Putting Your Readers into the Picture
Another way to write about the spiritual is to describe ways your readers can experience it for themselves. After all, what's better than firsthand experience? Experiential exercises, as they are called, put your readers into situations where they are most likely to get what we are saying not through our explanations but by their own feelings and senses. I am reminded here of something that happened several years ago, while teaching a writing workshop at Mount Shasta, in Northern California. As anyone who has ever spent much time there knows, Mount Shasta is a spectacular formation, rising over 14,000 feet into the sky. Most of the year her peaks are crowned in snow; by October she is completely blanketed in white, down to about the 3,000-foot elevation. The breathtaking beauty and spiritual power of Mount Shasta are often compared to Japan's Fujiyama, recognized by many as her sister mountain. Both are known for their ability to awaken visitors to the spiritual dimensions of all life.
My visit to Mount Shasta was in the spring, with bracing winds still sweeping down from the snowy peaks. From the place where I was teaching, the mountain dominated the skyline, a view that ordinarily left me in sublime awe. But on that weekend, this same view aroused a sense of sadness. I simply could not connect with it as I had done in the past. To me it might as well have been a painted backdrop on a movie set. Between a heavy writing and teaching schedule, I'd been feeling there was no space in my life for taking in the joys of the present. I hadn't even taken time to reflect on personal issues that had been piling up. (All of this was a great contradiction, of course, since these were the issues I was teaching.) As a result, my life had been reduced to meeting the demands of my too-busy schedule. There was no time for creative endeavors. I felt completely out of touch with Spirit.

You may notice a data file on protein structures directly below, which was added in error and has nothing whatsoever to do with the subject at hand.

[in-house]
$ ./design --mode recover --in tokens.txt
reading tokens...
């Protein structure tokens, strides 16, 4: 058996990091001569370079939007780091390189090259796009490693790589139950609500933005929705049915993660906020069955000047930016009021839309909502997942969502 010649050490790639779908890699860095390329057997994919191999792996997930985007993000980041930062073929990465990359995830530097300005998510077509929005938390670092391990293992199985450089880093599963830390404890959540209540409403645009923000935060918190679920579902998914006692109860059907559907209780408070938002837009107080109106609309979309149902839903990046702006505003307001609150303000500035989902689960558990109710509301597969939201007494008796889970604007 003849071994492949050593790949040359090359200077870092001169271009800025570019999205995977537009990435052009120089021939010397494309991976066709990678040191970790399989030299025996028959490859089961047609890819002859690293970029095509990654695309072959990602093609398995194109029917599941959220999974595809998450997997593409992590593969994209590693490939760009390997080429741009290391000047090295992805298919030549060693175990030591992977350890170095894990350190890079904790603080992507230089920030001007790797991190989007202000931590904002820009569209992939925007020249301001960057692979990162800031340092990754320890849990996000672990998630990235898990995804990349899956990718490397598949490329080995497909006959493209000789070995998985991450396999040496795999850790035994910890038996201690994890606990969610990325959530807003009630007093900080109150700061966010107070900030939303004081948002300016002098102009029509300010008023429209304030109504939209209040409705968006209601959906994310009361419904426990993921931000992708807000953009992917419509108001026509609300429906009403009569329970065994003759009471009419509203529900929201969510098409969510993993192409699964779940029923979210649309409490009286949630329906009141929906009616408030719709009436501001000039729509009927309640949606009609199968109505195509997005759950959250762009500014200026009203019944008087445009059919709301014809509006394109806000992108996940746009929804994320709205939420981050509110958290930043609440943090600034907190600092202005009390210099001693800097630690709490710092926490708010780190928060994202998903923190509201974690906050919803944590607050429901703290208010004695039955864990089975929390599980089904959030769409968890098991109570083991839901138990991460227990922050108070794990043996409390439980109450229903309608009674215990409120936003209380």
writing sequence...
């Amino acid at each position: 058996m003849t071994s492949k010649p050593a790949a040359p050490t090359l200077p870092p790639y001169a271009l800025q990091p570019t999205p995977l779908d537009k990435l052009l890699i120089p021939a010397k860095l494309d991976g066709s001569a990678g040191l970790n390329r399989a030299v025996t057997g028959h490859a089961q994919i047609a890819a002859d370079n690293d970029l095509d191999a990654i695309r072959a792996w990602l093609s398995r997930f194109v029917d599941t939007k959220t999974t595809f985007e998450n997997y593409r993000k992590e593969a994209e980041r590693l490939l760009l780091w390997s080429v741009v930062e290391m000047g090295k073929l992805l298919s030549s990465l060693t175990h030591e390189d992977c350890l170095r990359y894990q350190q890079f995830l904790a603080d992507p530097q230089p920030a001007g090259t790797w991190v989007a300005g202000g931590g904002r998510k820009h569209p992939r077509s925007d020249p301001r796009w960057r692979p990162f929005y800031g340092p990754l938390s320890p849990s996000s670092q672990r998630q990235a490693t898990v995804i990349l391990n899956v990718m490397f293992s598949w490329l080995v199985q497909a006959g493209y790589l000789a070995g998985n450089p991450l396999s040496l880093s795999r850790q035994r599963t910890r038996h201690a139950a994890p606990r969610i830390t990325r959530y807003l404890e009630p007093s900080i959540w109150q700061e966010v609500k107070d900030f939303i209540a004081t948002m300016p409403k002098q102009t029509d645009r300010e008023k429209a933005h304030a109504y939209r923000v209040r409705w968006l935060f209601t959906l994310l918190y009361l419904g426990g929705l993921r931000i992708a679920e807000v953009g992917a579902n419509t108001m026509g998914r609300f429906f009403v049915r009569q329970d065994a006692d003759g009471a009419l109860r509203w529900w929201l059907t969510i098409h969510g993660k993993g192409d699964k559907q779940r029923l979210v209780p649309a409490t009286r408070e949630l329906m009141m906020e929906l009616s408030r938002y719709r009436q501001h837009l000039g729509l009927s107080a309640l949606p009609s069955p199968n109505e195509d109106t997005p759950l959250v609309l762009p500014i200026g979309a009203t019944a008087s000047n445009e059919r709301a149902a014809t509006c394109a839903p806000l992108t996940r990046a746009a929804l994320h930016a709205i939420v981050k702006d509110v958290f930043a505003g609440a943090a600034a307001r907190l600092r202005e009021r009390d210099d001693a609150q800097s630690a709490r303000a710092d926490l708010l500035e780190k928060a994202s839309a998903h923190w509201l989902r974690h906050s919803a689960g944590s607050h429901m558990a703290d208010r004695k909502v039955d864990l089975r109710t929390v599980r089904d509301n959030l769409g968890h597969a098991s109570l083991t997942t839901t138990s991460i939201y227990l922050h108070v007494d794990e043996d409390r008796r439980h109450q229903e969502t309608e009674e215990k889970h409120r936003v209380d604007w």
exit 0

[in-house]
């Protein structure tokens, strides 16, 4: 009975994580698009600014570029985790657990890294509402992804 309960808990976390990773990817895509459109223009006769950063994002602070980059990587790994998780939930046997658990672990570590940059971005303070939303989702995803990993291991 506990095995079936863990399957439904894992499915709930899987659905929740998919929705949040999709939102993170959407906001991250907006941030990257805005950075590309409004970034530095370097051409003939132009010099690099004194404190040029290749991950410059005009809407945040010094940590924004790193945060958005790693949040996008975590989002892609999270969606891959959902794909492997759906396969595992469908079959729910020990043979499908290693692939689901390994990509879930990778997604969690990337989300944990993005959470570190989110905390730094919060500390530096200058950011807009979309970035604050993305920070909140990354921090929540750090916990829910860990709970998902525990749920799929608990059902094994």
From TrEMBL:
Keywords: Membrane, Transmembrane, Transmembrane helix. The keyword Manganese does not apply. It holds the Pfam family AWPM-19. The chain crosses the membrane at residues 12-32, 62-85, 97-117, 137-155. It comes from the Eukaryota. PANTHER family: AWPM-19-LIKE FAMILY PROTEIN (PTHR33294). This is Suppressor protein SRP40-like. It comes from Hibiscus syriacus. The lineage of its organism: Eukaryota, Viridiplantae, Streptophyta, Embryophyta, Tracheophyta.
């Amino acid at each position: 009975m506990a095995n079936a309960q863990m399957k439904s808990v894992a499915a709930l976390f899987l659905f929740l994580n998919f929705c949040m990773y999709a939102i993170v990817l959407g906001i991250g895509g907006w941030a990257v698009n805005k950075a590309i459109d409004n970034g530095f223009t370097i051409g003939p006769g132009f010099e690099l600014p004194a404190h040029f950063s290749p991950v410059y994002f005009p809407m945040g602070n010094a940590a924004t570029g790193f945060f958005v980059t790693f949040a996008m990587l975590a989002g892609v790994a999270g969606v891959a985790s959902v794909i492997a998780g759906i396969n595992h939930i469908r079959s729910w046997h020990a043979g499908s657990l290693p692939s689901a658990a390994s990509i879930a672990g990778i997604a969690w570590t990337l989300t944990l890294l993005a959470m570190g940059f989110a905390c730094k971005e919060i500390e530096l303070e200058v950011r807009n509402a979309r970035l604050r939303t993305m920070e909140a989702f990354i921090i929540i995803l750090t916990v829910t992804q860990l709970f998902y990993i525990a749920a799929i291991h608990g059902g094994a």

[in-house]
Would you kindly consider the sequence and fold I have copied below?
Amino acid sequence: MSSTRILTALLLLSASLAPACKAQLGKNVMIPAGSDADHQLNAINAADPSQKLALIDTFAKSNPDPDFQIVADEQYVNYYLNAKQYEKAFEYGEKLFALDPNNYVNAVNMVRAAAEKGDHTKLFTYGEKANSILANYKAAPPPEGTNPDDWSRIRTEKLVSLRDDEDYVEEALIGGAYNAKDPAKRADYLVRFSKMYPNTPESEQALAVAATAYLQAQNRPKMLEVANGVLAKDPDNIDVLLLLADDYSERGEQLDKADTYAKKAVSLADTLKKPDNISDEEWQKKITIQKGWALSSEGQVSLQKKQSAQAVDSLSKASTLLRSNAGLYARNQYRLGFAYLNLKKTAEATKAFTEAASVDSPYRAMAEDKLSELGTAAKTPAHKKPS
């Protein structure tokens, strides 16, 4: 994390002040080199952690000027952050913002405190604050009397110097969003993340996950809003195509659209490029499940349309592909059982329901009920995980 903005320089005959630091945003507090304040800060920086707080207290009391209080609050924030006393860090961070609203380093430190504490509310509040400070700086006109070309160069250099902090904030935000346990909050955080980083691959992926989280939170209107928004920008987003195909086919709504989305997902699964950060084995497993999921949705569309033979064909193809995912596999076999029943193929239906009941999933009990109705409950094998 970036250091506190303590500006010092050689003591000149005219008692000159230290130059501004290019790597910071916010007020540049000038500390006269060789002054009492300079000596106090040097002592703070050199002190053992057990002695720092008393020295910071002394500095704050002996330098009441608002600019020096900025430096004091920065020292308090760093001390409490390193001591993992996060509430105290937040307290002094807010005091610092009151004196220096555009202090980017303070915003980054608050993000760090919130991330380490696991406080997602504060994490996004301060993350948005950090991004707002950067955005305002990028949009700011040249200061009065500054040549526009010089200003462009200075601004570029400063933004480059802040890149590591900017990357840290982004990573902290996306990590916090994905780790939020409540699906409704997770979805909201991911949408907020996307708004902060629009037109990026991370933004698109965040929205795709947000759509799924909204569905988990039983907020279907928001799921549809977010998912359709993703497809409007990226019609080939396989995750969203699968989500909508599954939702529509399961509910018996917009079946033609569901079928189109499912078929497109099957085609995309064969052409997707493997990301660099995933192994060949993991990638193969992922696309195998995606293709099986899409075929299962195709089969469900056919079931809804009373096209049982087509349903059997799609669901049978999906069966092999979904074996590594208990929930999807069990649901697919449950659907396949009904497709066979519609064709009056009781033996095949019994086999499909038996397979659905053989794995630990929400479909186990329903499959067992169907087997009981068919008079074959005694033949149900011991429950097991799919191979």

As the class was breaking up and people were packing their cars to leave, I overheard Robyn, one of the women from the workshop, talking with two others about a shamanic process she'd learned at a workshop she'd recently attended. It was a reflective technique that she'd found very useful. She said that it helped her get in touch with thoughts and feelings that had been blocking her and that it was great preparation for vision-questing or for a daily meditation practice. I was eager to find out about this exercise, hoping it might guide me into a reflective space where I might sort out some of the things that had been troubling me.
I excused myself for eavesdropping and asked Robyn if she had the time before she left to show me this technique. She answered yes. She was planning to stay in the area for two more days and would be glad to do just that. Immediately, the two women she'd been speaking with asked if they could join us and said they were planning to stay through the next day. I had things I had to do the next morning, so we made plans to meet in the afternoon.
At three the next day, we met at the high school parking lot and drove up the mountain together in Robyn's SUV. We stopped at about 8,000 feet and headed out along one of the less-used trails. Robyn said we should each find a place to sit alone and meditate. I was very much looking forward to this, regardless of what other skills she might bring to the experience. She promised that after a certain time had passed, she would come around and work with each of us individually.